With support from our fellowship and access to facilities at Berkeley Lab’s Molecular Foundry, Frischmann was able to shift his focus to membranes for Li-ion and Li-metal batteries, while demonstrating the performance and manufacturability of his polymer at industrial scale. His new direction was rewarded with a multimillion dollar grant from ARPA-E and, upon exiting the program, an initial round of private investment.
“If we can make this work, it has a lot of promise to act as a bridge to a lower-carbon future.”
— Tom McDonald, Founder and CEO, Mosaic Materials
As a PhD student at UC Berkeley, Tom McDonald studied metal-organic-frameworks—new materials with an unrivaled ability to absorb gases, such as CO2. McDonald saw a huge potential impact in this field: MOFs were one of the most promising ways to achieve carbon capture and use it to mitigate climate change.
But, while thousands of MOF materials with commercially relevant properties had been discovered in academic labs, few, if any, had entered commercial use. Capturing this opportunity would require scaling MOF synthesis from grams to kilograms and finding a high-value first market.
With Cyclotron Road support, McDonald and two cofounders started Mosaic Materials to do just that. Working at Berkeley Lab, Mosaic scaled up their synthesis within a few months. They also spoke to dozens of customers to identify high-value applications for CO2 removal in submarines, natural gas purification, and biogas upgrading. This unlocked funding from the California Energy Commission for a pilot demonstration and their first private investment, both key stepping stones to a first commercial product.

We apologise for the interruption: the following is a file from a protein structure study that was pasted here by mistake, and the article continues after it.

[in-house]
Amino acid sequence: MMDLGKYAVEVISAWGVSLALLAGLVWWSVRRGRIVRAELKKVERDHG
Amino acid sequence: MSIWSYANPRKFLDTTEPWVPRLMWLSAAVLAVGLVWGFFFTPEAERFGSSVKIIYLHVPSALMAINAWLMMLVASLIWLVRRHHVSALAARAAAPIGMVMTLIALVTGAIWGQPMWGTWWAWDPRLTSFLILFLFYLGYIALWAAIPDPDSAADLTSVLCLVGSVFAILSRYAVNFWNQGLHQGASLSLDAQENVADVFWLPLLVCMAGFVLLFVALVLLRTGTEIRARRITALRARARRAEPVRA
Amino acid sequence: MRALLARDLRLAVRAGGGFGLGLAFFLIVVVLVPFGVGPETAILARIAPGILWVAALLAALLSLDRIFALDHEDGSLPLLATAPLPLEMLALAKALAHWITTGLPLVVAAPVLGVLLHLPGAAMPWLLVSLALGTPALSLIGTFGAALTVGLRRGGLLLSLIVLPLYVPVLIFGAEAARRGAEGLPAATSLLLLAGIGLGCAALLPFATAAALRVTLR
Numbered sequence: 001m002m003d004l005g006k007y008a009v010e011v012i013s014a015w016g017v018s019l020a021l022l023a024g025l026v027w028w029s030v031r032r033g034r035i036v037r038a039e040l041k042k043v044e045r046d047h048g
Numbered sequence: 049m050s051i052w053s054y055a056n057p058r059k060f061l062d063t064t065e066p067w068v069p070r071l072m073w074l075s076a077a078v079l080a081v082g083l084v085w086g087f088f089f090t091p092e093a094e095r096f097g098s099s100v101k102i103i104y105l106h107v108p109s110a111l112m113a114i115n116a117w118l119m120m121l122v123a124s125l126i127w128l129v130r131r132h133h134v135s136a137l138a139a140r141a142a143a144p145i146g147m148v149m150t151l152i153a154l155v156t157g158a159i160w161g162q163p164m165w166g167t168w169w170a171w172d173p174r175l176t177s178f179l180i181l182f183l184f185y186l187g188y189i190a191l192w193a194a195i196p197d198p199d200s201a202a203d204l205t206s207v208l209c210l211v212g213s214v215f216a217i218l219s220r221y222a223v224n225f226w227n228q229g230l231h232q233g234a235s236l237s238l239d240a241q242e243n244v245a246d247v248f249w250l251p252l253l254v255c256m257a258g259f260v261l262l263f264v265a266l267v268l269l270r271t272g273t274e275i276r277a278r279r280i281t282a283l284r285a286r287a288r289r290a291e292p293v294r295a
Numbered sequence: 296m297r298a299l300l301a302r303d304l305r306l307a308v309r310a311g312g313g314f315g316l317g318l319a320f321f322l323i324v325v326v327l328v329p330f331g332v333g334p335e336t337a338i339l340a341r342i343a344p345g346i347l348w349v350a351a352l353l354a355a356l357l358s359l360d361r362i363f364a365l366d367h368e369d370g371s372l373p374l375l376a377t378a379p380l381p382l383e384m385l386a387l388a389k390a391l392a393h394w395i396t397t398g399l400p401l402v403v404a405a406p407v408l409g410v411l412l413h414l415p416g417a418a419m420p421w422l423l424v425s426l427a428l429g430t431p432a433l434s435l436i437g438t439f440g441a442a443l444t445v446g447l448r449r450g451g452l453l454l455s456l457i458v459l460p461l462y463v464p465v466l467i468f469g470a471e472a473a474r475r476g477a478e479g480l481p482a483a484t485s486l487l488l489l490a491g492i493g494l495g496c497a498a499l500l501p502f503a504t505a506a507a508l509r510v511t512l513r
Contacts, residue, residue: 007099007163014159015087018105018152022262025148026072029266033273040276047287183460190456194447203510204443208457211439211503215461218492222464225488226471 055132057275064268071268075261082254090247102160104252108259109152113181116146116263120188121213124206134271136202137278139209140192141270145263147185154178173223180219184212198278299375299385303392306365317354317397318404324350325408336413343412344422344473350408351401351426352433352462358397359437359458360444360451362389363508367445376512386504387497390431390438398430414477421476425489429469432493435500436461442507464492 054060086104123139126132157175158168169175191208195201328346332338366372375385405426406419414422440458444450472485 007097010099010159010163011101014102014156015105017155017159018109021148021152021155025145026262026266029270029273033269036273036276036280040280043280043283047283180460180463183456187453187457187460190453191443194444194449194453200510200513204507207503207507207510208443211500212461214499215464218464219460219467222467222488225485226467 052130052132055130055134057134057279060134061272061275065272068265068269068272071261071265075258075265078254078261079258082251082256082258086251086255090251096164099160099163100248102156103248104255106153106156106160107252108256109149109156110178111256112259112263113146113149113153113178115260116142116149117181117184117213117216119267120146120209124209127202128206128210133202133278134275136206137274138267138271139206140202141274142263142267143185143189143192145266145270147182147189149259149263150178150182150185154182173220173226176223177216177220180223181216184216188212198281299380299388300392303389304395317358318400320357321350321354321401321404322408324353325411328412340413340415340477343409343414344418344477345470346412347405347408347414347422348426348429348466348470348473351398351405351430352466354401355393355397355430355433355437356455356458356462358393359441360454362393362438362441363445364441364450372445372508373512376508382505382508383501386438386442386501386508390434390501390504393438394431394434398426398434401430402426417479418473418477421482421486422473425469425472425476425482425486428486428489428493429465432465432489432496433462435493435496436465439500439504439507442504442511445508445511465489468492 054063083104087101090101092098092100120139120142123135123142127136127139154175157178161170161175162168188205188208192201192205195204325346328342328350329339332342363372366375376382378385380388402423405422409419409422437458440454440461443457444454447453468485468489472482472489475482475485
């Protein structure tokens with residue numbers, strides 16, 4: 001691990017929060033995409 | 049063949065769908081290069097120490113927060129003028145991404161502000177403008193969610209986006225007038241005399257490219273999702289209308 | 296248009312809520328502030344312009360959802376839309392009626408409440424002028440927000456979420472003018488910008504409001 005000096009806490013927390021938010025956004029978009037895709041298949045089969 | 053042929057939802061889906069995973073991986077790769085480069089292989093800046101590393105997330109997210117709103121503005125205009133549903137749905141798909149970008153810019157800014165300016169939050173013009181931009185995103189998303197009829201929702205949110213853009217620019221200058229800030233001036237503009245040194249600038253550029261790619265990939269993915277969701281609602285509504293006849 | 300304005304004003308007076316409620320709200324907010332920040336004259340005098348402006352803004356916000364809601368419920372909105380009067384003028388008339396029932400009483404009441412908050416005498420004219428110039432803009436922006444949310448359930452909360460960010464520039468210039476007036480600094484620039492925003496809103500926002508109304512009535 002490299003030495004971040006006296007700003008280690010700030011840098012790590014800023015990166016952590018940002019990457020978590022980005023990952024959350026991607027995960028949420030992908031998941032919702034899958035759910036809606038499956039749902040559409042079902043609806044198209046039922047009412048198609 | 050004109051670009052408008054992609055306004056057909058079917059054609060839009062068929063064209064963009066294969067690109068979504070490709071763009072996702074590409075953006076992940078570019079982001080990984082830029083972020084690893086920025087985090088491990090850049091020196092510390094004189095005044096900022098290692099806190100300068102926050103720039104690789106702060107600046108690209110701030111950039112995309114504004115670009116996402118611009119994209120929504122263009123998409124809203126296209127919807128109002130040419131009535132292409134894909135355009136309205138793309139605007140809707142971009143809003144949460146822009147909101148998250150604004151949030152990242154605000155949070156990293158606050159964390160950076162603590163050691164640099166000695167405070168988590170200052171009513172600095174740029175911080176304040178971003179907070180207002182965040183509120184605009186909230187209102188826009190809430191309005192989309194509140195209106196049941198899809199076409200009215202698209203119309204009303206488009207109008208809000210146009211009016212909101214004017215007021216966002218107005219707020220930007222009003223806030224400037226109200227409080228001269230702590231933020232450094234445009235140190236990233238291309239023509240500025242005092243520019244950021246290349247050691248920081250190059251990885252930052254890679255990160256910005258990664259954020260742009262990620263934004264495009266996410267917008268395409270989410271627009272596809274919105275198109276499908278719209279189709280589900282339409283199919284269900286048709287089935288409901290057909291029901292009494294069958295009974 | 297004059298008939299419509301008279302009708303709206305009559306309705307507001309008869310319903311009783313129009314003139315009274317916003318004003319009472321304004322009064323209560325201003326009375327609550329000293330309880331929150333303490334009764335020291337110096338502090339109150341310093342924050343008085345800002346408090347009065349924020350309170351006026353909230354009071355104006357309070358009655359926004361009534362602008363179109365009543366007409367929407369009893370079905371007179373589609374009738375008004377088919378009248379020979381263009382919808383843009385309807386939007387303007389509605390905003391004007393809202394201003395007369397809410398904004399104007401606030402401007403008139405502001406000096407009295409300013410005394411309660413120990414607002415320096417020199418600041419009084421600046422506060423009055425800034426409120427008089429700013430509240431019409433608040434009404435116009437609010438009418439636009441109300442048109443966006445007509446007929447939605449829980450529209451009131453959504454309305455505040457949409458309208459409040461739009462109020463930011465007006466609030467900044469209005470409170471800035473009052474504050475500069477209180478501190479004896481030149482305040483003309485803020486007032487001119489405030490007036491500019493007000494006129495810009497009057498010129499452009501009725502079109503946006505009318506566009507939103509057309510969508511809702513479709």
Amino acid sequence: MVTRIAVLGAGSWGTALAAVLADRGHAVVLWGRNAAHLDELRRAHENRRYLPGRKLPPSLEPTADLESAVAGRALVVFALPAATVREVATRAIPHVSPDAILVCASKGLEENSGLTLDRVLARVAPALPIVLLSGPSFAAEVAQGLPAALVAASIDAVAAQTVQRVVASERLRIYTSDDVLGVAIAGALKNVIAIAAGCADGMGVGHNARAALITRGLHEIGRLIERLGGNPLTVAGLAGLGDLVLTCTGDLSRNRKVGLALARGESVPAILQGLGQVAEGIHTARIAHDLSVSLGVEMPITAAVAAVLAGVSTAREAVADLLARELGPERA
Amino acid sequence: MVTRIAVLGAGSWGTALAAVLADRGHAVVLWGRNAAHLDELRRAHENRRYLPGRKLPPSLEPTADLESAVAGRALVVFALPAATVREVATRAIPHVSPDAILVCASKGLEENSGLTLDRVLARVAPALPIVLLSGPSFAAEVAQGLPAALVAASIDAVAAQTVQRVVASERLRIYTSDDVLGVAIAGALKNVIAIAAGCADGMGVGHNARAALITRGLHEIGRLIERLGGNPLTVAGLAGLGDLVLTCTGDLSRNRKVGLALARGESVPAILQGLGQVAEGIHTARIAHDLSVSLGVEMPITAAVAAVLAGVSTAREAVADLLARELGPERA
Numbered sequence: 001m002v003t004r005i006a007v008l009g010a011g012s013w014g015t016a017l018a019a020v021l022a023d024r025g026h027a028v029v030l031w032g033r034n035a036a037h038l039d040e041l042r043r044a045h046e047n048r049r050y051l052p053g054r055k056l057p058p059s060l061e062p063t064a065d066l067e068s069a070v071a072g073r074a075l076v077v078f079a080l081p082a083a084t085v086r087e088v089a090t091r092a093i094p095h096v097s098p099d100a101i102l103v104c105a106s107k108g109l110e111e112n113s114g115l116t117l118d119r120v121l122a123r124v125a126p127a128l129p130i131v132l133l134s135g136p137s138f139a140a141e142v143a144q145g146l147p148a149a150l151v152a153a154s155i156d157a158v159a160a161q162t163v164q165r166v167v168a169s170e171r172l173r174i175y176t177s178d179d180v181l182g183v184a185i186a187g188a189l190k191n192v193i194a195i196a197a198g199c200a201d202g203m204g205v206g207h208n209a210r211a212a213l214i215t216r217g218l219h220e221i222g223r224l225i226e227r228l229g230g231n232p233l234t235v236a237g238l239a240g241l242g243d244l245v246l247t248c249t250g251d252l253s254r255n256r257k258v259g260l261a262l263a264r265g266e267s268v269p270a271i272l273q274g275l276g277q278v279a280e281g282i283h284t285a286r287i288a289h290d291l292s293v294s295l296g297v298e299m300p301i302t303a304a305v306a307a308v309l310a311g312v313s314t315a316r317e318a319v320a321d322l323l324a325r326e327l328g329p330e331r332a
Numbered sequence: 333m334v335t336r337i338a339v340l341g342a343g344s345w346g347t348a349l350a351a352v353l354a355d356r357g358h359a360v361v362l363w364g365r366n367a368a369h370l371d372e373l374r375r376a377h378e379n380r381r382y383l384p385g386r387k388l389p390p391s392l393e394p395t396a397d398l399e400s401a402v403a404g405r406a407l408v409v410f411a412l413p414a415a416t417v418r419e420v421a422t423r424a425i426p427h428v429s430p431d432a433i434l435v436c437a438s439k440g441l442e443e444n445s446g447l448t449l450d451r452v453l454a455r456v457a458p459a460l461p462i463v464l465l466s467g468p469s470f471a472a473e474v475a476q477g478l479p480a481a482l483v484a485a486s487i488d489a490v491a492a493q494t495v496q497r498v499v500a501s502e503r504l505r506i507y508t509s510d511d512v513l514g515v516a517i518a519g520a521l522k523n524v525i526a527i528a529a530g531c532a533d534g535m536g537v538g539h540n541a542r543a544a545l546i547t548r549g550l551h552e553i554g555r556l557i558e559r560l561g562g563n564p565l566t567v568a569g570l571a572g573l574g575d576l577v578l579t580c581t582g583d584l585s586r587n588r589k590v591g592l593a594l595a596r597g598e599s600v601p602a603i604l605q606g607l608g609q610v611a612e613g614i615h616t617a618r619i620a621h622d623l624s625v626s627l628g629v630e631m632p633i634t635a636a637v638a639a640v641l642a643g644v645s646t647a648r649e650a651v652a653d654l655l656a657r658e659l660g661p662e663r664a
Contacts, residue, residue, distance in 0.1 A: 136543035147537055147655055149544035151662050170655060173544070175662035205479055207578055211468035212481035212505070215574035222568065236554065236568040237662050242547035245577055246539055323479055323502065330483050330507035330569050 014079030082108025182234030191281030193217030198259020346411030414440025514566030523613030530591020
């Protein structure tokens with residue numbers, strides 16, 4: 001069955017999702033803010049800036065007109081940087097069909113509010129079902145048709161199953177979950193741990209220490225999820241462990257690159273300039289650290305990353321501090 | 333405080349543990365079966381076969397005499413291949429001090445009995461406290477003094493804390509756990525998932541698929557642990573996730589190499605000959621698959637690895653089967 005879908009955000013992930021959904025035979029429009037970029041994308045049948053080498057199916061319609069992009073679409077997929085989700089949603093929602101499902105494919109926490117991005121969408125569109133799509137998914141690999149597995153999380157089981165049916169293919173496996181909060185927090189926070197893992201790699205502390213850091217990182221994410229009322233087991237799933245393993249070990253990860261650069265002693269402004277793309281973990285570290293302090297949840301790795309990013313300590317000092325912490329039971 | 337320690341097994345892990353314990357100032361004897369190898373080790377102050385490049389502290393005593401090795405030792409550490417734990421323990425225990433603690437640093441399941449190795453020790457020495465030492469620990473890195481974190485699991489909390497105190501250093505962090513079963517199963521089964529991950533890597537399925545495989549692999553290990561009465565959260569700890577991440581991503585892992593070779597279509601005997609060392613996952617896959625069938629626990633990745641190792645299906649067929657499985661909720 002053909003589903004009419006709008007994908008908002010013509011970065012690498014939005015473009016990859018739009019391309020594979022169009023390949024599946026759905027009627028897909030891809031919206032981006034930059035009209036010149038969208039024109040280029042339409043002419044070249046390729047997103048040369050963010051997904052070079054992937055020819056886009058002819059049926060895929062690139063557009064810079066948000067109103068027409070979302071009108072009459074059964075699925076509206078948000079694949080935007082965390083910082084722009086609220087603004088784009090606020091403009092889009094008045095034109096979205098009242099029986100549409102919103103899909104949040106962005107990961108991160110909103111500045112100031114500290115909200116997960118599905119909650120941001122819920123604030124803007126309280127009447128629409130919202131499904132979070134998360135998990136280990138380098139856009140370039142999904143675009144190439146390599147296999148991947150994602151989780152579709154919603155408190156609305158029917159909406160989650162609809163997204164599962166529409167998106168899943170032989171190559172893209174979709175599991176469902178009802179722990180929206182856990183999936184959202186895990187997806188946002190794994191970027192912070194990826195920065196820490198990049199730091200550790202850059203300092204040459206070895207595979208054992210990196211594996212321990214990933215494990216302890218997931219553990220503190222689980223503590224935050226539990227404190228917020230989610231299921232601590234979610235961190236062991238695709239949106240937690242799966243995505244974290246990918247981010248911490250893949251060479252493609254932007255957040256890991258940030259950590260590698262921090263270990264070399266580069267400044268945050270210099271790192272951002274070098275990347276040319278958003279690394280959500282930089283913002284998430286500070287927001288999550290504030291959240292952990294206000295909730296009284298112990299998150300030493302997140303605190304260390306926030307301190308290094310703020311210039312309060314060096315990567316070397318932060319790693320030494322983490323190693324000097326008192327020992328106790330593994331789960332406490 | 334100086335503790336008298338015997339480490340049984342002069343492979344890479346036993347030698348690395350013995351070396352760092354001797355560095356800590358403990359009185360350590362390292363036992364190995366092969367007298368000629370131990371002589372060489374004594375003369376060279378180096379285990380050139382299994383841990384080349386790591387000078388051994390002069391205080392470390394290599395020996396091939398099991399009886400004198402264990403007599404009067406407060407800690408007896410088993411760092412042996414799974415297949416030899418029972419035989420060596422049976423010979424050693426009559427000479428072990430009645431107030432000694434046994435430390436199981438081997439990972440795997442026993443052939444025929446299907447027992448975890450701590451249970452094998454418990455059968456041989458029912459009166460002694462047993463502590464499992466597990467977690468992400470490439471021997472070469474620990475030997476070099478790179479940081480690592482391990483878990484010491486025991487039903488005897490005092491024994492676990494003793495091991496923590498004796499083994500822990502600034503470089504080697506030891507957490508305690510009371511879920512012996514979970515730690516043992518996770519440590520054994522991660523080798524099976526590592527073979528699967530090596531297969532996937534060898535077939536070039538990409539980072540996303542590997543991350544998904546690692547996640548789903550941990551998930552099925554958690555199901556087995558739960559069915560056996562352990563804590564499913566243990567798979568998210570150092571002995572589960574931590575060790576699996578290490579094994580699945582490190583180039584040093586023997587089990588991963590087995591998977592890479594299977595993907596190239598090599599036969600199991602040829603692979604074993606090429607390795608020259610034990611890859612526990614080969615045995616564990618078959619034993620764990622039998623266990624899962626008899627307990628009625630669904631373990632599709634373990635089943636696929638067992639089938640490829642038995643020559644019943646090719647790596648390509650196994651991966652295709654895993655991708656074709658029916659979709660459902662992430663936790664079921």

Why It Matters
Science entrepreneurs struggle to find their footing in today’s innovation system, even though their innovations could address society’s most pressing needs. Our goal is to keep them in the game, focused on maturing their ideas into transformative products and businesses.
Ultimately, our success will be driven by the positive impact created by our fellows and alumni over the course of their careers, measured on the scale of gigawatts, tons of CO2, billions of dollars, and millions of lives.
Want to learn more about Cyclotron Road?Visit our website
Acknowledgement: The continued progress of Cyclotron Road would not be possible without foundational support from the DOE Advanced Manufacturing Office and the California Energy Commission, as well as the guidance and support of the Leadership Team of Lawrence Berkeley National Laboratory and our Leadership Council.
We are assembling a community of committed public and private partners to support Cyclotron Road. Through donations of time, money, equipment, or services, our partners allow us to advance our mission while supporting their aligned strategic priorities.
Interested in partnering with us? Visit our website to learn more and start the conversation.
Thank you to our supporting partners: